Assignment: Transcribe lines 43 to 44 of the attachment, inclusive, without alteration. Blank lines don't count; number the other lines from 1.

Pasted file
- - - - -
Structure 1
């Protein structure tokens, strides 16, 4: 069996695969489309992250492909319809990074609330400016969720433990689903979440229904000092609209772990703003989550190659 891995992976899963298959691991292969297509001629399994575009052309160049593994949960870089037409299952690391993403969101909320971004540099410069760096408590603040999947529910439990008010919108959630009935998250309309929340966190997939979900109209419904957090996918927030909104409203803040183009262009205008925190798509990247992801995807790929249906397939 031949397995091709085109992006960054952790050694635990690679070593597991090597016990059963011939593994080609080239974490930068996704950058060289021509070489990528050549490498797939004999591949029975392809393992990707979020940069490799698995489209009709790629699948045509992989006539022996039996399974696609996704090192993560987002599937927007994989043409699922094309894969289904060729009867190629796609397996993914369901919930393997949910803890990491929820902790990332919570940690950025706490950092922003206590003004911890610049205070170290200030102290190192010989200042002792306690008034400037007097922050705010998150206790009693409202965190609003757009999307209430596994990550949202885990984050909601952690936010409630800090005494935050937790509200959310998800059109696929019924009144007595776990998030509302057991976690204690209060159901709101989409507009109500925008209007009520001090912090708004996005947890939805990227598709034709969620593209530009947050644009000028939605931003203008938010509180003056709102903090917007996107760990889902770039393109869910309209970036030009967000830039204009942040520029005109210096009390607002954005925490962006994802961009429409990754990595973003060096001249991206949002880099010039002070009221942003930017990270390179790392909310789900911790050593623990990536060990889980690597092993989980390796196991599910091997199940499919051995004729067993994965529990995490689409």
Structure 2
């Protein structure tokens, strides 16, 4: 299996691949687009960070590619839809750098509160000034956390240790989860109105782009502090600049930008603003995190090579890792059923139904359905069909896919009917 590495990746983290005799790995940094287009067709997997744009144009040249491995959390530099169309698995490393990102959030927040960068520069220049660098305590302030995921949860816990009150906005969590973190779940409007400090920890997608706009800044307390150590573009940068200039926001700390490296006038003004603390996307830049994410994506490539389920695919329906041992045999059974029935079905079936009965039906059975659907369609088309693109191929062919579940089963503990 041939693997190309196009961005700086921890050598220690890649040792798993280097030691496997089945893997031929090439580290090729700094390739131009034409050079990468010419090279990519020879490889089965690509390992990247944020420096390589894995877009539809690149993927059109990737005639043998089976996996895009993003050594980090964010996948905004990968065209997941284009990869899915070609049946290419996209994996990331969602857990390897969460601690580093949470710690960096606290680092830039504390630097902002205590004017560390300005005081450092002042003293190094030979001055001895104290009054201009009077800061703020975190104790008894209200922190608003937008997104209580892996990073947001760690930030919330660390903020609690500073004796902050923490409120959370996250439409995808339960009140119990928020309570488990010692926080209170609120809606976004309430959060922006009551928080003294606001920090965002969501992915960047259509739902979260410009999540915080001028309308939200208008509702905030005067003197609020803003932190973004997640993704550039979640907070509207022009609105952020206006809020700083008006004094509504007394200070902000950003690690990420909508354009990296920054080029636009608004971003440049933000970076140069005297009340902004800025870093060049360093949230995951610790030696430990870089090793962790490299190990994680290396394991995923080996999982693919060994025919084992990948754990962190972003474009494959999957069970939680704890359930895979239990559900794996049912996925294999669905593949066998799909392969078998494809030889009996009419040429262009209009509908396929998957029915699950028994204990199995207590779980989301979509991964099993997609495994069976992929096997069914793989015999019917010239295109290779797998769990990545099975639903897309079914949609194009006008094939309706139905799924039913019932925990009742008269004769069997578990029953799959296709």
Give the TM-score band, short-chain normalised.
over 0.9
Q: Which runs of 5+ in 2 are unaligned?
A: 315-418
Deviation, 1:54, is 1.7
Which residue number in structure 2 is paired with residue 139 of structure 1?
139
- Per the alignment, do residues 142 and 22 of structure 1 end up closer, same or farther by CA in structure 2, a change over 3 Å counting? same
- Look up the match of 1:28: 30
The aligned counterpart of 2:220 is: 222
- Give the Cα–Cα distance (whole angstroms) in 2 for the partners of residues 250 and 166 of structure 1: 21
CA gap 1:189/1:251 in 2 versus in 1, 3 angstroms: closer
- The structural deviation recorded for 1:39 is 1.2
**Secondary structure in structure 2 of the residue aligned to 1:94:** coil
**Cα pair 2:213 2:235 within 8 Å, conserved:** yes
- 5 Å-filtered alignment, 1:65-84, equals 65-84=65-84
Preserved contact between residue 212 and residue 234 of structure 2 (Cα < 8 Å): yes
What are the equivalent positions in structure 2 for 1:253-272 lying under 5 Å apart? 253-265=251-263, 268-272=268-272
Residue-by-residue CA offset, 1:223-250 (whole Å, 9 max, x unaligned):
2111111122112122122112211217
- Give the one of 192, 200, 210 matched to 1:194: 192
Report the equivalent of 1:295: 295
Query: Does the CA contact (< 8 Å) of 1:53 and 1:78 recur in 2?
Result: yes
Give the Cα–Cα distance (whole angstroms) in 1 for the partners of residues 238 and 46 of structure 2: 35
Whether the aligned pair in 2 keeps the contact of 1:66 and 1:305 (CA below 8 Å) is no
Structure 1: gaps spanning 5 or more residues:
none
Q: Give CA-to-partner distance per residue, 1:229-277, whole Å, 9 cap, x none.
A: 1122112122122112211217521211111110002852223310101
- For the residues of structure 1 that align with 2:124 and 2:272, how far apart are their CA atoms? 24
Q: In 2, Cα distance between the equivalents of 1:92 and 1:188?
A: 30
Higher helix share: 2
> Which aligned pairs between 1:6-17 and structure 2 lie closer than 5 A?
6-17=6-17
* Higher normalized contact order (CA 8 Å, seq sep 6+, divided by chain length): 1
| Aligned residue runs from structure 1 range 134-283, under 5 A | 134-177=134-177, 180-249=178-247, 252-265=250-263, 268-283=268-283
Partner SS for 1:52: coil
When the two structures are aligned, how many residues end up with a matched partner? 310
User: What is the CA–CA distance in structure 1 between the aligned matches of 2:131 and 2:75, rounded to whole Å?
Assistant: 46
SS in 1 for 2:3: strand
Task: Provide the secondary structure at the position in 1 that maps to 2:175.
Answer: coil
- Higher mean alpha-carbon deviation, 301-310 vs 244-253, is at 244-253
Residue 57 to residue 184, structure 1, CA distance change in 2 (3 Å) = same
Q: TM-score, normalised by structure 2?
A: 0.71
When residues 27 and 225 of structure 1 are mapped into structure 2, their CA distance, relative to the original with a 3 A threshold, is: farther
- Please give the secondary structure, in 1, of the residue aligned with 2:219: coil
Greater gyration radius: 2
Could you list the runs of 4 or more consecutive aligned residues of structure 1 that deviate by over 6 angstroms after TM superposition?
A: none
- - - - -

Partner SS for 1:52: coil
When the two structures are aligned, how many residues end up with a matched partner? 310